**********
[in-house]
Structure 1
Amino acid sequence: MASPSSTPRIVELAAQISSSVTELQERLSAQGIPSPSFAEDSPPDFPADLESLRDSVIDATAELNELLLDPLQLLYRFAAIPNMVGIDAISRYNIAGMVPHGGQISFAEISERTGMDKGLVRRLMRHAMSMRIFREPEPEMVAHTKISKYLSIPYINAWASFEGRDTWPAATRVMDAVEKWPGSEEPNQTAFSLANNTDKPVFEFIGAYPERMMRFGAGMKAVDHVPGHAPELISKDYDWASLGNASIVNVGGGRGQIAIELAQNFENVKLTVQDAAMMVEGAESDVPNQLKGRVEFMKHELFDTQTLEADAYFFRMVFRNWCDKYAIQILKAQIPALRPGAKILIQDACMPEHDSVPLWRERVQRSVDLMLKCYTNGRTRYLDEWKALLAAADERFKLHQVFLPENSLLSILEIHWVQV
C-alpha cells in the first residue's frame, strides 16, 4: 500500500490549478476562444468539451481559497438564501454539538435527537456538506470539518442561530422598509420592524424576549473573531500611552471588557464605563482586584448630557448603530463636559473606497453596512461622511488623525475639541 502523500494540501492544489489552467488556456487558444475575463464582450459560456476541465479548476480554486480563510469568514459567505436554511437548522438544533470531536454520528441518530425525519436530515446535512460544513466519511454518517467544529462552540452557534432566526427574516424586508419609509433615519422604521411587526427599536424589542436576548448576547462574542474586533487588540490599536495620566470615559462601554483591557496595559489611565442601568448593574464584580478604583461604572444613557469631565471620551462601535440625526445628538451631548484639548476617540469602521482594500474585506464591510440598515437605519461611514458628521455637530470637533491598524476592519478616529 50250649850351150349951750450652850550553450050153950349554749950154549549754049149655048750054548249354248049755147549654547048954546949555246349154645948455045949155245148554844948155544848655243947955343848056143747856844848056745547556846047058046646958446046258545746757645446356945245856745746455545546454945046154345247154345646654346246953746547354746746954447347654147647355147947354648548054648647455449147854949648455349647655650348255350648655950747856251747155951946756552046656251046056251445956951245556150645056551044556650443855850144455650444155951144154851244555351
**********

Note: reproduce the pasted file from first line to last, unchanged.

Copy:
[in-house]
Structure 1
Amino acid sequence: MASPSSTPRIVELAAQISSSVTELQERLSAQGIPSPSFAEDSPPDFPADLESLRDSVIDATAELNELLLDPLQLLYRFAAIPNMVGIDAISRYNIAGMVPHGGQISFAEISERTGMDKGLVRRLMRHAMSMRIFREPEPEMVAHTKISKYLSIPYINAWASFEGRDTWPAATRVMDAVEKWPGSEEPNQTAFSLANNTDKPVFEFIGAYPERMMRFGAGMKAVDHVPGHAPELISKDYDWASLGNASIVNVGGGRGQIAIELAQNFENVKLTVQDAAMMVEGAESDVPNQLKGRVEFMKHELFDTQTLEADAYFFRMVFRNWCDKYAIQILKAQIPALRPGAKILIQDACMPEHDSVPLWRERVQRSVDLMLKCYTNGRTRYLDEWKALLAAADERFKLHQVFLPENSLLSILEIHWVQV
C-alpha cells in the first residue's frame, strides 16, 4: 500500500490549478476562444468539451481559497438564501454539538435527537456538506470539518442561530422598509420592524424576549473573531500611552471588557464605563482586584448630557448603530463636559473606497453596512461622511488623525475639541 502523500494540501492544489489552467488556456487558444475575463464582450459560456476541465479548476480554486480563510469568514459567505436554511437548522438544533470531536454520528441518530425525519436530515446535512460544513466519511454518517467544529462552540452557534432566526427574516424586508419609509433615519422604521411587526427599536424589542436576548448576547462574542474586533487588540490599536495620566470615559462601554483591557496595559489611565442601568448593574464584580478604583461604572444613557469631565471620551462601535440625526445628538451631548484639548476617540469602521482594500474585506464591510440598515437605519461611514458628521455637530470637533491598524476592519478616529 50250649850351150349951750450652850550553450050153950349554749950154549549754049149655048750054548249354248049755147549654547048954546949555246349154645948455045949155245148554844948155544848655243947955343848056143747856844848056745547556846047058046646958446046258545746757645446356945245856745746455545546454945046154345247154345646654346246953746547354746746954447347654147647355147947354648548054648647455449147854949648455349647655650348255350648655950747856251747155951946756552046656251046056251445956951245556150645056551044556650443855850144455650444155951144154851244555351